Lucky Bay Port Development Breakthrough for EP Growers

artist rendering lucky bay port

An artist’s impression of how the new port and storage facility will look at Lucky Bay. (Supplied: T-Ports)

South Australia is expected to have its very first farmer and private equity partnership port built and in operation for the 2018-2019 grain harvest. The port has been proposed to be built at Lucky Bay on the Eyre Peninsula and will provide an alternative grain storage and export option for local Australian growers.

These growers will acquire equity in the port over the next seven years and are expected to save from $5.00 – $20.00 per tonne in transporting grain from farm to port, depending on their proximity to Lucky Bay.

After last year’s expression of interest phase where 120 EP grain growers gave their support for the new port, the new $115 million infrastructure and supply chain project was officially finalised this past week and on-ground works are due to begin immediately.

The key features of the Lucky Bay development include:

  • The Lucky Bay Port Facility – This is a shallow harbour port located in the upper Eyre Peninsula grain catchment zone.
  • Transhipment Vessel – The port will have a cutting-edge shallow draft transhipment vessel, with a capacity of 3500 tonnes, that will allow Panamax vessels to be loaded within the five-day industry standard. This new vessel, designed by the naval architects at Sea Transport Solutions – specialists in transhipment vessel design and operation, is currently under construction in China.
  • Grain Storage Facilities – New storage facilities located at the port will have a capacity of 430,000 tonnes.
  • Up-country storage at Lock – Storage capacity of 150,000 tonnes.

The development of the new port has been a joint venture between Duxon Asset Management, Inheritance Capital Asset Management (ICAM) and Sea Transport Solutions. This joint venture has resulted a new company dubbed ‘T-Ports’, an abbreviation of transhipment ports, that will act as the operating entity following settlement.

T-Ports’ Chairman Rob Champan stated that the company’s ports infrastructure strategy focuses on establishing a more financially feasible ports model. This includes providing both shallow water ports with a lower build cost and smaller environmental impact requiring modest throughput and providing sound financial returns to investors.

The ports will be multi-user and multi-commodity transhipment ports, with the first at Lucky Bay and a second under investigation for the Yorke Peninsula.

“South Australia is in need of new export infrastructure in order to improve agricultural economics and allow development of its mining assets in an increasingly competitive world environment,” Said Mr. Champman.

“While this port development is based on agricultural product, it can readily expand to allow exports of local minerals and T-Ports will be pursuing opportunities to further diversify and grow the commodity base”.

lucky bay transhipment port finalised

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Lucky Bay grain port to be open by harvest

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T-Ports’ CEO Keiran Carvill says that clear direction from growers has been to increase supply chain efficiency which we will achieve through Lucky Bay as a low capital expenditure and flexible port close to the product origin.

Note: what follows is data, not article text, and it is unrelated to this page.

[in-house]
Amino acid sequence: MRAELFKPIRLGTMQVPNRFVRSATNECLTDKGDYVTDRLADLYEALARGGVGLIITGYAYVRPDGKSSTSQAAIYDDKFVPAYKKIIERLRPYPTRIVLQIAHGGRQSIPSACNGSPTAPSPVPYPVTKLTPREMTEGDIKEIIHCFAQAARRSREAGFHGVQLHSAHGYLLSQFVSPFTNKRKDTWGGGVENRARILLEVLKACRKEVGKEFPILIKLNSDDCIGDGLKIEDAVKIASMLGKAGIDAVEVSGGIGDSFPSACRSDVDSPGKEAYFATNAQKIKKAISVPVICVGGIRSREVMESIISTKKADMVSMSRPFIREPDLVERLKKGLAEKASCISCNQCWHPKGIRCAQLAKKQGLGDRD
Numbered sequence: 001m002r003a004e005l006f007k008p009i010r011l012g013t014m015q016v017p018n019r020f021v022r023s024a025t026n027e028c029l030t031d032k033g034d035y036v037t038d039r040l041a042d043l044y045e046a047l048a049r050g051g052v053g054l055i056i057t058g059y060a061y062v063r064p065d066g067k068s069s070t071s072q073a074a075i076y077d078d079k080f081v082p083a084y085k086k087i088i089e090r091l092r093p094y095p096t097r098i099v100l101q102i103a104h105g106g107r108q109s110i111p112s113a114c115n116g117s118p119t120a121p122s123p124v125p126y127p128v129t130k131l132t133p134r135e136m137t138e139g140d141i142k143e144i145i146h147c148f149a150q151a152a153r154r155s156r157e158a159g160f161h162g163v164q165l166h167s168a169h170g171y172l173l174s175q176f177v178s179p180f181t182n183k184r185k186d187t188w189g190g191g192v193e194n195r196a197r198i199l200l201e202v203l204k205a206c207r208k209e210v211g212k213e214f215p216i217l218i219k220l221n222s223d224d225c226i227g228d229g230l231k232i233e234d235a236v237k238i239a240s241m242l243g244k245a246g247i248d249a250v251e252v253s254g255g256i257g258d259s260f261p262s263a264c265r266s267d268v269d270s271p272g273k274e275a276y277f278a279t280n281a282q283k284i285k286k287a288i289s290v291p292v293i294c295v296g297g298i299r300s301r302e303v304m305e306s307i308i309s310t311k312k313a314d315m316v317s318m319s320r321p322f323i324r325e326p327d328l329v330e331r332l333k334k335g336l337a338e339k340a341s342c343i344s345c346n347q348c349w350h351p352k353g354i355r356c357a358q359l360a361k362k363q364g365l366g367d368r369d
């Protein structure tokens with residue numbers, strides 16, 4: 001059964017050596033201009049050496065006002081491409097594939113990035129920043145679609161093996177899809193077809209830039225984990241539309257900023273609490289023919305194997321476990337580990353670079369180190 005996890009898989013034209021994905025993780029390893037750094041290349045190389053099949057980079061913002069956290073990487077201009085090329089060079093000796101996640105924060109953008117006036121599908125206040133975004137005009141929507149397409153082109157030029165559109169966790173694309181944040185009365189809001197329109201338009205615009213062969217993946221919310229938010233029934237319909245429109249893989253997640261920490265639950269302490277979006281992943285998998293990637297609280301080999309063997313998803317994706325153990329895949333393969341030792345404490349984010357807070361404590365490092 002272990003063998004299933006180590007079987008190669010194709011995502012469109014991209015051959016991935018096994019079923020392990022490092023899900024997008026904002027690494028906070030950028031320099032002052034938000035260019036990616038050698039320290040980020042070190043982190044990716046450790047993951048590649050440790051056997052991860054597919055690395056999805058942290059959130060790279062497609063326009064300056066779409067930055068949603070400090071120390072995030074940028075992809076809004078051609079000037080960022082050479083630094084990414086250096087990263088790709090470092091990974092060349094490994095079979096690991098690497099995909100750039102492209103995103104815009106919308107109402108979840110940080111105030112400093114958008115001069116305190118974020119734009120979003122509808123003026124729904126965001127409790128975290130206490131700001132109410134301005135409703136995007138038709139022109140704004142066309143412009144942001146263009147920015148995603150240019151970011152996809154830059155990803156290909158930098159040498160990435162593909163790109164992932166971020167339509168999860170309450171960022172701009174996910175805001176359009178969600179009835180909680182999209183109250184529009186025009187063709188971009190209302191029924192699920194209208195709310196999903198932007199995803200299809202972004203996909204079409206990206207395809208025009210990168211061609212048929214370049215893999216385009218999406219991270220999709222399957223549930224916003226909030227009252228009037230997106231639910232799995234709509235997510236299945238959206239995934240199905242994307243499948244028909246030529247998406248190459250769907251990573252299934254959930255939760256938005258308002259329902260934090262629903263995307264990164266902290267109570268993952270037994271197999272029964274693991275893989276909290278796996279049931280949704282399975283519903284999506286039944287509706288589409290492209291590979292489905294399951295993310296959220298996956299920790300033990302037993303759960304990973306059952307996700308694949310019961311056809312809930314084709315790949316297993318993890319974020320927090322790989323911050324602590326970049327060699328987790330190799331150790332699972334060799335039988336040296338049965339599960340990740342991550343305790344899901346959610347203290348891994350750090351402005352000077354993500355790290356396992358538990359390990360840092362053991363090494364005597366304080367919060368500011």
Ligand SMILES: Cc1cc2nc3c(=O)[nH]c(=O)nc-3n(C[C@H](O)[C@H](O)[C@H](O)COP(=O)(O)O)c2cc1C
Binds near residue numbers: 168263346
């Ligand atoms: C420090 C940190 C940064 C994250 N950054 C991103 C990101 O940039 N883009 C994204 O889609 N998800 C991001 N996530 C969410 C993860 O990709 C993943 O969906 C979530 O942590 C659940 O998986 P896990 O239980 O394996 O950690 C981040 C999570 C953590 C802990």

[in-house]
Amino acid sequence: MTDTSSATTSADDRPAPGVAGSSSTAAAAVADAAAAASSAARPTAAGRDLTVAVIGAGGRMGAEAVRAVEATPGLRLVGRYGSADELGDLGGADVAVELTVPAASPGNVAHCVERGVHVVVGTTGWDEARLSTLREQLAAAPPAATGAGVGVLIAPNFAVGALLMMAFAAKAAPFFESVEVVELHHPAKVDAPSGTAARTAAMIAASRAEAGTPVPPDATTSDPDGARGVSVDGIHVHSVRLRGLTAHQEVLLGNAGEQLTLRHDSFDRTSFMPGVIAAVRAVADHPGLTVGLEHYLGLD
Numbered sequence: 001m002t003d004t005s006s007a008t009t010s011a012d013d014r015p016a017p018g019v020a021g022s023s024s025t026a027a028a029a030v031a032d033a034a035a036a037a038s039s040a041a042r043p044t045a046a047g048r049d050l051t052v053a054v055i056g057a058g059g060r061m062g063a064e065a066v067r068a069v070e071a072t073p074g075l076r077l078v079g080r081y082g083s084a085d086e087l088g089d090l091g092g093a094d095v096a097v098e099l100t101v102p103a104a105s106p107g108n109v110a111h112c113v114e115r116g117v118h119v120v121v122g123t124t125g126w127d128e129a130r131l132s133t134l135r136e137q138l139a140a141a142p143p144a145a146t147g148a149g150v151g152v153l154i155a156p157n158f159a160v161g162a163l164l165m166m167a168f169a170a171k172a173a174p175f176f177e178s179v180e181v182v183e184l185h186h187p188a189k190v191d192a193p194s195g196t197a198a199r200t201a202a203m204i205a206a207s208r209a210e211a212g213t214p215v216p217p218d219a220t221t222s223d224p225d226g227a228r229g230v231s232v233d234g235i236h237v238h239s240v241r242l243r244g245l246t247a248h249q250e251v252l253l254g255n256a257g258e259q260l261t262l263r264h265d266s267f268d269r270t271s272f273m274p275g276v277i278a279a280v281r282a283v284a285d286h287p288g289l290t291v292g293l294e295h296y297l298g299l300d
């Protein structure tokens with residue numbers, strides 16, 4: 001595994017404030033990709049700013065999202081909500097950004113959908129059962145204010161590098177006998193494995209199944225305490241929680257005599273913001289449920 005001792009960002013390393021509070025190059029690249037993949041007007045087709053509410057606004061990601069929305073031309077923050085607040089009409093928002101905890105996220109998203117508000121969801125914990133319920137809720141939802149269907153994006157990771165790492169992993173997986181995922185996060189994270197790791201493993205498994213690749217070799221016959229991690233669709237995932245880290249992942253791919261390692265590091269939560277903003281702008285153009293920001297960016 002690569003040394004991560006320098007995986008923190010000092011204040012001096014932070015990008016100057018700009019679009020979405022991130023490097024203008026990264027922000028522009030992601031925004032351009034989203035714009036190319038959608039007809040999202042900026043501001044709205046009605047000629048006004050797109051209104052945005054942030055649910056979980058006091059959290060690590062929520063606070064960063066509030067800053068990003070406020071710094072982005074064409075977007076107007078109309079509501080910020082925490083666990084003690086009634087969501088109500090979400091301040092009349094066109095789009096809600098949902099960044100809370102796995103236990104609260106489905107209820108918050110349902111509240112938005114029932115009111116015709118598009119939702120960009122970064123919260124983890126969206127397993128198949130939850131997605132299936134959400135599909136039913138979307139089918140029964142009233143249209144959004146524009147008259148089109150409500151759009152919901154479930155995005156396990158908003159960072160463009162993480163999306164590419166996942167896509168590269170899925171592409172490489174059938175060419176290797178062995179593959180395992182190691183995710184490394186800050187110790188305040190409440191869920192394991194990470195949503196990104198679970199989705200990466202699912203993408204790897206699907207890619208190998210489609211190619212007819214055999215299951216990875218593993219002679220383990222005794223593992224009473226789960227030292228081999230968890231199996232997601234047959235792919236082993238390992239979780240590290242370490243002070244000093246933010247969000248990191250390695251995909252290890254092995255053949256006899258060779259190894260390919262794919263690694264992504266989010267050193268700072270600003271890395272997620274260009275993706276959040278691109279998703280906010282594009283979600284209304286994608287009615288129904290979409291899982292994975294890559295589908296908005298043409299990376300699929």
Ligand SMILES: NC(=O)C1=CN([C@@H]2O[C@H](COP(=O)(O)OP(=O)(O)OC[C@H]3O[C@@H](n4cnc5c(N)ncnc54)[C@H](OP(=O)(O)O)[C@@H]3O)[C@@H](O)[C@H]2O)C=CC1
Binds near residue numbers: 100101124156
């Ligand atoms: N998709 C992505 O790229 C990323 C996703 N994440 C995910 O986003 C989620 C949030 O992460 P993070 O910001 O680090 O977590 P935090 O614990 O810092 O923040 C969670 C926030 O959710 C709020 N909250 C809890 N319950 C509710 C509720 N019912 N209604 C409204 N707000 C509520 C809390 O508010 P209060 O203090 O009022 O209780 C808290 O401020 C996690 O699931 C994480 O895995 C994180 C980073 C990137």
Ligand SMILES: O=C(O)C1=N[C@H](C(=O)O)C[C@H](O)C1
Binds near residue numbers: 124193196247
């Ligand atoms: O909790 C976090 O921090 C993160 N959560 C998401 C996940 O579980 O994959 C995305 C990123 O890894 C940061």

“This investment innovates upon the traditional port model and almost monopolistic grain supply chain in South Australia through proven transhipping technology that has been utilised in other industries for the past 20 years,” said Mr Carvill.

“The lower build cost and lower environmental footprint compared with traditional export port facilities in South Australia has made the financial feasibility of the investment easier to attain with a lower throughput requirement from growers.”

“This model means growers can access multiple small ports that can load vessels up to and including cape size, allowing product to be exported profitably, which will prove a great benefit to EP growers and South Australia.”

Andrew Polkinghorne, Lock grain grower and T-Ports Board Member, stated that the Lucky Bay development has been the breakthrough that man EP growers were waiting for in the supply competition.

“While there have been a number of projects flagged for EP, Lucky Bay is a reality, it is funded and work is starting. The benefits of this project will flow through to farming families, and their local communities, as they secure equity in T-Ports and, as a result, a share of the profits of storing and shipping their grain.”

“EP growers who did not respond during the EOI period can still be involved. A retail fund will be set-up before June 2018 that gives growers the opportunity to have some cash ownership in the development and either become involved or further increase their support.”

“It’s a great outcome for EP growers, the investors who supported it and the state as a whole.”

Mangalo farmer Isaac Gill, whose farm is approximately 60 kilometers from Lucky Bay, agreed stating that the Lucky Bay development will help save growers a lot of money in the long run.

“It’s fantastic because we are going to save off our bottom line extra freight which we have been doing down to Port Lincoln and we often can’t deliver straight to port at harvest time… now we will be able to deliver it straight off the header, straight out of the paddock and straight to port and it could be saving us around $15.00 a tonne” says Gill.

Sea Transport Solutions is excited to be a contributor to the Lucky Bay port development and will publish further information on its progress as it becomes available. For more information on Sea Transport’s transhipment vessel design, management and feasibility services please click here or call our head office on +61 7 5529 5777.